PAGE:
Out of the night that covers me,
Black as the pit from pole to pole,
I thank whatever gods may be
For my unconquerable soul.
In the fell clutch of circumstance
I have not winced nor cried aloud.
Under the bludgeonings of chance
My head is bloody, but unbowed.
Beyond this place of wrath and tears
Looms but the horror of the shade,
And yet the menace of the years
Finds, and shall find me, unafraid.
It matters not how strait the gate,
How charged with punishments the scroll,
I am the master of my fate:
I am the captain of my soul.
William Ernest Henley, 1875
Long-EZ N13YV "Invictus" on the day I bought her, March 2, 1990
I am not the original builder of my Long-EZ – that distinction goes to Carlton Kibbler. From what I understand, he had experience building composite sailplanes in California during the 70’s and 80’s. A gentleman by the name of Ferde Grofe (son of the American composer by that name) made the promo movies for Burt Rutan, in exchange for Burt helping him arrange to have a Long-EZ built by an experienced craftsman.
After several years’ building, the plane was ready for first flight in March 1984. The pilot for the first flight was none other than Dick Rutan, who wrote: “First flight. Very nice – you did a real fine job building. Performed aero maneuvers – rolls”. After just 7 hours of flight time, Ferde was checked out in the plane by a CFI as the pilot, including loops and rolls. Not quite the 40 hours of solo time wanted by the FAA, but it worked out OK in this case.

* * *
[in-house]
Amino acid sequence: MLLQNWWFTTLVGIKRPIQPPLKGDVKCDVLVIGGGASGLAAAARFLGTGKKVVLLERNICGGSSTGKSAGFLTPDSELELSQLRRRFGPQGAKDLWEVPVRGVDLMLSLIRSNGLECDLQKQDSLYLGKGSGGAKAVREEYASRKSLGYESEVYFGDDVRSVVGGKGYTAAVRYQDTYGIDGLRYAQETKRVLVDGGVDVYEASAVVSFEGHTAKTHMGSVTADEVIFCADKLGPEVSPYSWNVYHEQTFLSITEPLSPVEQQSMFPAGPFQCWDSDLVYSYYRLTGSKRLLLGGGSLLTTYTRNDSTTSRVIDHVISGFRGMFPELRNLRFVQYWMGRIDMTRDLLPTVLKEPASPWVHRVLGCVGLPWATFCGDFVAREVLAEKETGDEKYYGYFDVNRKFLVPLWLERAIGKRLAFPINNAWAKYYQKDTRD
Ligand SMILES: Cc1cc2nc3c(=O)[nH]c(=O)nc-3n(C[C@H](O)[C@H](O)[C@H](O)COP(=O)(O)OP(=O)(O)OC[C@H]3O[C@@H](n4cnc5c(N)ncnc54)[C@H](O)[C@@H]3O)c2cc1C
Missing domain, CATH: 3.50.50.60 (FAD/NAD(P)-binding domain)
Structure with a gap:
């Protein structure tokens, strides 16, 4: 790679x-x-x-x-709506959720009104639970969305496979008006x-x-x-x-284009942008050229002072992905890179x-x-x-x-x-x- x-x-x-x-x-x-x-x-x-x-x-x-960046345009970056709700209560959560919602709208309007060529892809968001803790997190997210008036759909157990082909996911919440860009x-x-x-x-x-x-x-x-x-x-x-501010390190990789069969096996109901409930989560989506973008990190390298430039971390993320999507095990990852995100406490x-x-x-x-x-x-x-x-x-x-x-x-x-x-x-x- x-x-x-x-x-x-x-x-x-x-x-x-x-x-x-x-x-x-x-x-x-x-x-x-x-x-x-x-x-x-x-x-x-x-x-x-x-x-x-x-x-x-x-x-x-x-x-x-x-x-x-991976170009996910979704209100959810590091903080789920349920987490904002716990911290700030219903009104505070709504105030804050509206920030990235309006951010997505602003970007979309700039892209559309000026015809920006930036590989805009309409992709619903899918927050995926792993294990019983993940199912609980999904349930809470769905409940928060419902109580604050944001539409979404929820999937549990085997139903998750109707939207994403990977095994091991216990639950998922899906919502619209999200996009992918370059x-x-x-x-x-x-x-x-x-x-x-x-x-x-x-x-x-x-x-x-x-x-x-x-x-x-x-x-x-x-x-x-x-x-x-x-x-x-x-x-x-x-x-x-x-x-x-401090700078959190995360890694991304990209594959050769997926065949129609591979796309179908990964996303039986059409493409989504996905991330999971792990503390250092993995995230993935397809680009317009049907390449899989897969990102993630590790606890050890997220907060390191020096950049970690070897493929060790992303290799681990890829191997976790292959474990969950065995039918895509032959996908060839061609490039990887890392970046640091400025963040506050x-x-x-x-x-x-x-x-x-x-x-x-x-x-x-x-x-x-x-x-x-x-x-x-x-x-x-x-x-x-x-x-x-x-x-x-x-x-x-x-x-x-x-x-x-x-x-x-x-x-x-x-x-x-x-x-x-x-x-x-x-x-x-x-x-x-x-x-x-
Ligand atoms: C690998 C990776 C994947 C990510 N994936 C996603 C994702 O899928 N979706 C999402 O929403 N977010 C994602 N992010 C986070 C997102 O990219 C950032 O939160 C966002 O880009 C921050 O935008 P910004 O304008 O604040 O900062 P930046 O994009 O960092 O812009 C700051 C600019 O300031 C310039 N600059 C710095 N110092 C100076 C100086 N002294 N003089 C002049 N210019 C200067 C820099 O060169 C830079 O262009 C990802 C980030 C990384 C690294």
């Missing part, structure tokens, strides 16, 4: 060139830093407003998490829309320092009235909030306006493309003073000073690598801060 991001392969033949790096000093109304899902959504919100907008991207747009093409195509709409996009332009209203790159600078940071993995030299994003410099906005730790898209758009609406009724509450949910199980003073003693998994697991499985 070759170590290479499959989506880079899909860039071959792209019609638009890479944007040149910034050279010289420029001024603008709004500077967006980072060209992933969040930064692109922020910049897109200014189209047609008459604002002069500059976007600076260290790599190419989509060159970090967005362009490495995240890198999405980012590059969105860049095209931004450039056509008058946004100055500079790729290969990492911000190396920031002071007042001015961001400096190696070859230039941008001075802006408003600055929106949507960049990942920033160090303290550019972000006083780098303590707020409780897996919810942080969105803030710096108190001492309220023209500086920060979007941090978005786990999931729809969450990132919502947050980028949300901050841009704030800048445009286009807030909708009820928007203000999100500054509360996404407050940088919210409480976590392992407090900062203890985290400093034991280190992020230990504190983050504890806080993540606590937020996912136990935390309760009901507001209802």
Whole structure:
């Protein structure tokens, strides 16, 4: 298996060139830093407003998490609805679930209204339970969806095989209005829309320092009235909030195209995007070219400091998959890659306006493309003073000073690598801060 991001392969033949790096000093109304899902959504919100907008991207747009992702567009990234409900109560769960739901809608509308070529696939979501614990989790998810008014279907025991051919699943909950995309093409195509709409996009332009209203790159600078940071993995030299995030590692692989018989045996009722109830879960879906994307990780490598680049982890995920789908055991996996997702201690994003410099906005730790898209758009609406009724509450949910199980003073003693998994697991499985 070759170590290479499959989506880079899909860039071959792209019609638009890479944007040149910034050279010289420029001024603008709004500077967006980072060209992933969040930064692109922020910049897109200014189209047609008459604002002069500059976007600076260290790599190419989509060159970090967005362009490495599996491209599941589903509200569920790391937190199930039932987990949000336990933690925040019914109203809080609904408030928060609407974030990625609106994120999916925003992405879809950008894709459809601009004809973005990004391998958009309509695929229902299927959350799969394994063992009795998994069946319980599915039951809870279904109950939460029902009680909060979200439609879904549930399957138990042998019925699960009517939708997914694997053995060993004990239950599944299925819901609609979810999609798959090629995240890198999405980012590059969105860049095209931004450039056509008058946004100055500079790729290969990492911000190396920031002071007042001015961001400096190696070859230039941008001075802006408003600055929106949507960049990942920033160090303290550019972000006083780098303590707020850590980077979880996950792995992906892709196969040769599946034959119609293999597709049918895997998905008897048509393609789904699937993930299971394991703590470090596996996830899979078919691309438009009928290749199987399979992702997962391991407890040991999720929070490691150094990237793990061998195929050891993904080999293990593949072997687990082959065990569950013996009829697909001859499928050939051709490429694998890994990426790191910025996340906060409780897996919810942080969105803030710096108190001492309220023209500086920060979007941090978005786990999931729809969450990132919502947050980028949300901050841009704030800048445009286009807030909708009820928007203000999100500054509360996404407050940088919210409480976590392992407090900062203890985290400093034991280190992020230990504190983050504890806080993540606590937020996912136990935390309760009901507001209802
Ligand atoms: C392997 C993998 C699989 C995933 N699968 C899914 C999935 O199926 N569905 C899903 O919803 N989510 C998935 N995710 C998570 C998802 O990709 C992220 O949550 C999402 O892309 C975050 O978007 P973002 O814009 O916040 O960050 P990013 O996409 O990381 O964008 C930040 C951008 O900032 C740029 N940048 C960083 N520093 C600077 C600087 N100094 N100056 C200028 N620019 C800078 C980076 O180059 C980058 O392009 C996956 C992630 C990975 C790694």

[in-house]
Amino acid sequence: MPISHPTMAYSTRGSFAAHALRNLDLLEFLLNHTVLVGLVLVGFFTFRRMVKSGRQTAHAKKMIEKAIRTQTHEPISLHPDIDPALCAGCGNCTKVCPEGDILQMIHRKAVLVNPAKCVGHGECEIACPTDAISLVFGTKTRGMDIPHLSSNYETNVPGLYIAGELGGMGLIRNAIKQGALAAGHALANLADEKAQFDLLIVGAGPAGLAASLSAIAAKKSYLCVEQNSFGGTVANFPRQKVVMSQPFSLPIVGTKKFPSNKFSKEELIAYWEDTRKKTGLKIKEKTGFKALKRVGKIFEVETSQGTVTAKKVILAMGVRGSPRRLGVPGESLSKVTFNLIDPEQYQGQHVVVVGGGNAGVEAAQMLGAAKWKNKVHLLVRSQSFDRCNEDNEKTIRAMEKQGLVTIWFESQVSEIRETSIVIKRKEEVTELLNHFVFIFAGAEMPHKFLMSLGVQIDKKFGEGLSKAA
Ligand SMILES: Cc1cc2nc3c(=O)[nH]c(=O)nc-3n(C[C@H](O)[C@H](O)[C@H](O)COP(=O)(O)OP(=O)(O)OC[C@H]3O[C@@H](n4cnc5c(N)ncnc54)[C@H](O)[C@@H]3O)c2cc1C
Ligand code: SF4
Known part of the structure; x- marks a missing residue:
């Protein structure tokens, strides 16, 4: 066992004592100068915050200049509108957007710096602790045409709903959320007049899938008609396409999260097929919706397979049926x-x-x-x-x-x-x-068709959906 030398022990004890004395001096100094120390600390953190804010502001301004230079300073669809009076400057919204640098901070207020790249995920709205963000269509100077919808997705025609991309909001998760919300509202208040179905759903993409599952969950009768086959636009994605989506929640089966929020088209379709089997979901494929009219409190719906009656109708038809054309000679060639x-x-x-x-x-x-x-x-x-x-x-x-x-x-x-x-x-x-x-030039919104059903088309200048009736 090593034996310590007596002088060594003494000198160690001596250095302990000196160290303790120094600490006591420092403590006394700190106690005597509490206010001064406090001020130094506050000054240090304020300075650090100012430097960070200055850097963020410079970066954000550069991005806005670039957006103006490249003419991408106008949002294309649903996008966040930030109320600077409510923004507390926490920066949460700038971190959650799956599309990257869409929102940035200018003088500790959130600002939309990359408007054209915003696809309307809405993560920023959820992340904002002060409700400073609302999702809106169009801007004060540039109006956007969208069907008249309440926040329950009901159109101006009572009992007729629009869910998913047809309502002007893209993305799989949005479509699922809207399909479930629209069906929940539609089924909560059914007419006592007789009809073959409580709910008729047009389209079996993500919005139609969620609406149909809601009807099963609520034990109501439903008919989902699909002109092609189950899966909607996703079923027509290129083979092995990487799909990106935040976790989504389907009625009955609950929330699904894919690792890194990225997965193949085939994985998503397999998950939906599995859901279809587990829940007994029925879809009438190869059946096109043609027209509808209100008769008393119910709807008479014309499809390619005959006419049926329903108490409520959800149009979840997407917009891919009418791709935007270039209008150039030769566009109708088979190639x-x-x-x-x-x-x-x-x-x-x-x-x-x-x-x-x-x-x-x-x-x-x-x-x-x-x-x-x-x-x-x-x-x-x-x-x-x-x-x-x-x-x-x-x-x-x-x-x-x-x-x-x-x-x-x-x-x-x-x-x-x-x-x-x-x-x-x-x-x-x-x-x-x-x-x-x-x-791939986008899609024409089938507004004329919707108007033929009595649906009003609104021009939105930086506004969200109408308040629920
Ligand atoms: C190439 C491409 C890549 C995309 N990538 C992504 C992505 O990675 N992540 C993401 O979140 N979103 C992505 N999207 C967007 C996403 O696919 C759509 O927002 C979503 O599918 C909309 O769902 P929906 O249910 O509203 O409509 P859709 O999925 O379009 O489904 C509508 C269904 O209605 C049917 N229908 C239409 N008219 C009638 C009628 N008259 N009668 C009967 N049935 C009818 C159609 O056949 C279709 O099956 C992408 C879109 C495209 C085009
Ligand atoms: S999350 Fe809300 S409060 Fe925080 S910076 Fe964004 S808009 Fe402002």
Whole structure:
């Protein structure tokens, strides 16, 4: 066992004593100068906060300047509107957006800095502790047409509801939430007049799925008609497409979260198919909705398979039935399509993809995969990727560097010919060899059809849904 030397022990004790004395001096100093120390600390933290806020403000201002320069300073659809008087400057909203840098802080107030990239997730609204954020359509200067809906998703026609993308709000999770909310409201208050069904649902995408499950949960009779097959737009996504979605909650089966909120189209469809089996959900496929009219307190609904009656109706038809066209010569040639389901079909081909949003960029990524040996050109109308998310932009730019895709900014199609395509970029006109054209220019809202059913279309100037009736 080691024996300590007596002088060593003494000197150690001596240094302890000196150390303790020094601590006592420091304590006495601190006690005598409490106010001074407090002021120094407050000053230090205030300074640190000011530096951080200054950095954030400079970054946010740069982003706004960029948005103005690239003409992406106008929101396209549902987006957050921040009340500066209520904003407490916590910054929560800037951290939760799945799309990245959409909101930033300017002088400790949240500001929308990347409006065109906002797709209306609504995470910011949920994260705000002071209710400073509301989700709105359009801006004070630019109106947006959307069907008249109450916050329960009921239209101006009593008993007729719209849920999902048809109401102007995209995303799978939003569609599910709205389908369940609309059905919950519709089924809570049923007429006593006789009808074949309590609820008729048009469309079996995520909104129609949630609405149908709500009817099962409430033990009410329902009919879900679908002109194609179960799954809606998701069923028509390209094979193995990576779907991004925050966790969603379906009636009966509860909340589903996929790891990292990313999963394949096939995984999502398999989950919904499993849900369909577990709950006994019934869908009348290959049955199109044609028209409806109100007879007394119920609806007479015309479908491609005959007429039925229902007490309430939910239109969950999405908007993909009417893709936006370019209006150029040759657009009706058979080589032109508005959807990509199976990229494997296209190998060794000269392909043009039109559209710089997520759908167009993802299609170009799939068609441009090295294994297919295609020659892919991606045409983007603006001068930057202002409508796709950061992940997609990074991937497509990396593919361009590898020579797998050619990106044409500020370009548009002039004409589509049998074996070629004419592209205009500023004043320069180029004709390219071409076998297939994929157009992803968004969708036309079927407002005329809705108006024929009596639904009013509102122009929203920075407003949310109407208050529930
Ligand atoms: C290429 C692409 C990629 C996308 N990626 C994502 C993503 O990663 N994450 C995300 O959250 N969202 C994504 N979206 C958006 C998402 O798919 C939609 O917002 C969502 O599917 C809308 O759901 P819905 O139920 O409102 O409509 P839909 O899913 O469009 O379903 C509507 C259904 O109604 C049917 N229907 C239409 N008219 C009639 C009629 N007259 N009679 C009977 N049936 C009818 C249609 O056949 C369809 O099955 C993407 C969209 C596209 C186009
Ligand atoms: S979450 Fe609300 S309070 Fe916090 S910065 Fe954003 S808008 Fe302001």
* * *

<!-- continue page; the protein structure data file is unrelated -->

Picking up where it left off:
I purchased the plane on March 2, 1990, when it had flown approximately 325 hours. Its registration number is N13YV, but it’s name is “Invictus”, which is the title of a poem by William Ernest Henley. It speaks to the ability of the human spirit to overcome any challenge that they may encounter.
I didn’t have enough money at the time to afford to purchase the plane, and banks were unwilling to loan anyone, especially a 26-year old Naval officer, $30,000 to purchase a plane. Somehow, I managed to convince my mother to loan me the money, under a promise that I would repay her over 7 years.
I bought the plane without ever having flown it (I had been given a ride by Dave Ronneberg in his much-higher performance Long-EZ), but that was enough to get me “hooked”. My first takeoff as pilot in my Long-EZ was out of Santa Monica, and I headed home to Seattle. The trip itself was an experience that almost cost me both my plane and my life due to ignorance of piston/propeller planes in general, and the Long-EZ in particular. Almost all my time to that point had been in high performance military jets, so I wasn’t prepared for the life of a bug smasher pilot.
I made it home and began to learn about my plane, both how to maintain and modify her, as well as to fly her. It is a process that continues today, but I must admit that I really enjoy in equal proportion both the flying and maintenance aspects.
Over the years, I have put far more hours into rebuilding and modifying the plane than it would have taken me to build it from scratch, but I have had the advantage of being able to fly her throughout this time.
For more information about the Long-EZ design in general, as well as the modifications and characteristics of Invictus in particular, click on the menu buttons to the left.
Invictus as she appears today over Mt. Baker